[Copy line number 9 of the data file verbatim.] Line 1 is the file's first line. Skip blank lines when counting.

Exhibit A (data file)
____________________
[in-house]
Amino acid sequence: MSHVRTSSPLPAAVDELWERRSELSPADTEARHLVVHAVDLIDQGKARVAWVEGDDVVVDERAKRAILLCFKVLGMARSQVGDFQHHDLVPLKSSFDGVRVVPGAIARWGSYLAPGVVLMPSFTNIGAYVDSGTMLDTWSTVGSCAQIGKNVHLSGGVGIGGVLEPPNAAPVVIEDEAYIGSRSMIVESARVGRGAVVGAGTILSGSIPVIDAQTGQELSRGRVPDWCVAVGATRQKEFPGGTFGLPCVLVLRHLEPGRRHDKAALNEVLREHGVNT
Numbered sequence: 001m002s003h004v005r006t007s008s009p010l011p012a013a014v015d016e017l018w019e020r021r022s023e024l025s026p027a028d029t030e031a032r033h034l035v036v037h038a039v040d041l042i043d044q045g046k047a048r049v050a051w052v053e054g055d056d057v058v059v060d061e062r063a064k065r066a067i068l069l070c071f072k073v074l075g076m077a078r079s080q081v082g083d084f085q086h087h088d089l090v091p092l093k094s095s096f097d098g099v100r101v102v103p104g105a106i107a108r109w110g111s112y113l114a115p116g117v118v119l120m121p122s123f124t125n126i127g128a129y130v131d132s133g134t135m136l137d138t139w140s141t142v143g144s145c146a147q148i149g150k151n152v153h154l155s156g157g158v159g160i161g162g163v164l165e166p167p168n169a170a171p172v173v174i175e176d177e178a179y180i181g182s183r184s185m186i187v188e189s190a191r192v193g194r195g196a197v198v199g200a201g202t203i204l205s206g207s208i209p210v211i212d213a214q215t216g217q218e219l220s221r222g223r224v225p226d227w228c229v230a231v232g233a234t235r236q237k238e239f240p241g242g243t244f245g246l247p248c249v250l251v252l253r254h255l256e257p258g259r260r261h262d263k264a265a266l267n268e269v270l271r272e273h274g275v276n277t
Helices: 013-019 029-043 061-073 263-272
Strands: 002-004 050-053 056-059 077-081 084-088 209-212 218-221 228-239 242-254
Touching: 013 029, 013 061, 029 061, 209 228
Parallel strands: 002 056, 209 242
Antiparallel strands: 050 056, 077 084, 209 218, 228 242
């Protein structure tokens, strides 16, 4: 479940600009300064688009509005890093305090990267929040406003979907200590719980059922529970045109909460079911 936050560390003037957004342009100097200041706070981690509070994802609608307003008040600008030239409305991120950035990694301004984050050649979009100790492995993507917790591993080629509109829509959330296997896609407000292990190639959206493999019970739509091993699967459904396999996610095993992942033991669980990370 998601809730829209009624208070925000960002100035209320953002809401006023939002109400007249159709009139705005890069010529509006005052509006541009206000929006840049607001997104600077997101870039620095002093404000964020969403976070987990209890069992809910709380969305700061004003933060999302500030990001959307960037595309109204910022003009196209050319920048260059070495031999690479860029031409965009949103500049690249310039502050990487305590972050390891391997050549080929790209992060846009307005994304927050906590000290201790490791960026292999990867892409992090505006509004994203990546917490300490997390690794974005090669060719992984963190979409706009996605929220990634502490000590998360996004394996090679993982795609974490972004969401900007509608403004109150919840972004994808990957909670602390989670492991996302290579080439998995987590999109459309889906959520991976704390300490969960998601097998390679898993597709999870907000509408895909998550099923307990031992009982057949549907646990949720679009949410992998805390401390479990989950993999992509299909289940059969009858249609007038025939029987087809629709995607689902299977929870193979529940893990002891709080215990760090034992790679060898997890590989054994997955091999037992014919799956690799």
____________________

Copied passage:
């Protein structure tokens, strides 16, 4: 479940600009300064688009509005890093305090990267929040406003979907200590719980059922529970045109909460079911 936050560390003037957004342009100097200041706070981690509070994802609608307003008040600008030239409305991120950035990694301004984050050649979009100790492995993507917790591993080629509109829509959330296997896609407000292990190639959206493999019970739509091993699967459904396999996610095993992942033991669980990370 998601809730829209009624208070925000960002100035209320953002809401006023939002109400007249159709009139705005890069010529509006005052509006541009206000929006840049607001997104600077997101870039620095002093404000964020969403976070987990209890069992809910709380969305700061004003933060999302500030990001959307960037595309109204910022003009196209050319920048260059070495031999690479860029031409965009949103500049690249310039502050990487305590972050390891391997050549080929790209992060846009307005994304927050906590000290201790490791960026292999990867892409992090505006509004994203990546917490300490997390690794974005090669060719992984963190979409706009996605929220990634502490000590998360996004394996090679993982795609974490972004969401900007509608403004109150919840972004994808990957909670602390989670492991996302290579080439998995987590999109459309889906959520991976704390300490969960998601097998390679898993597709999870907000509408895909998550099923307990031992009982057949549907646990949720679009949410992998805390401390479990989950993999992509299909289940059969009858249609007038025939029987087809629709995607689902299977929870193979529940893990002891709080215990760090034992790679060898997890590989054994997955091999037992014919799956690799």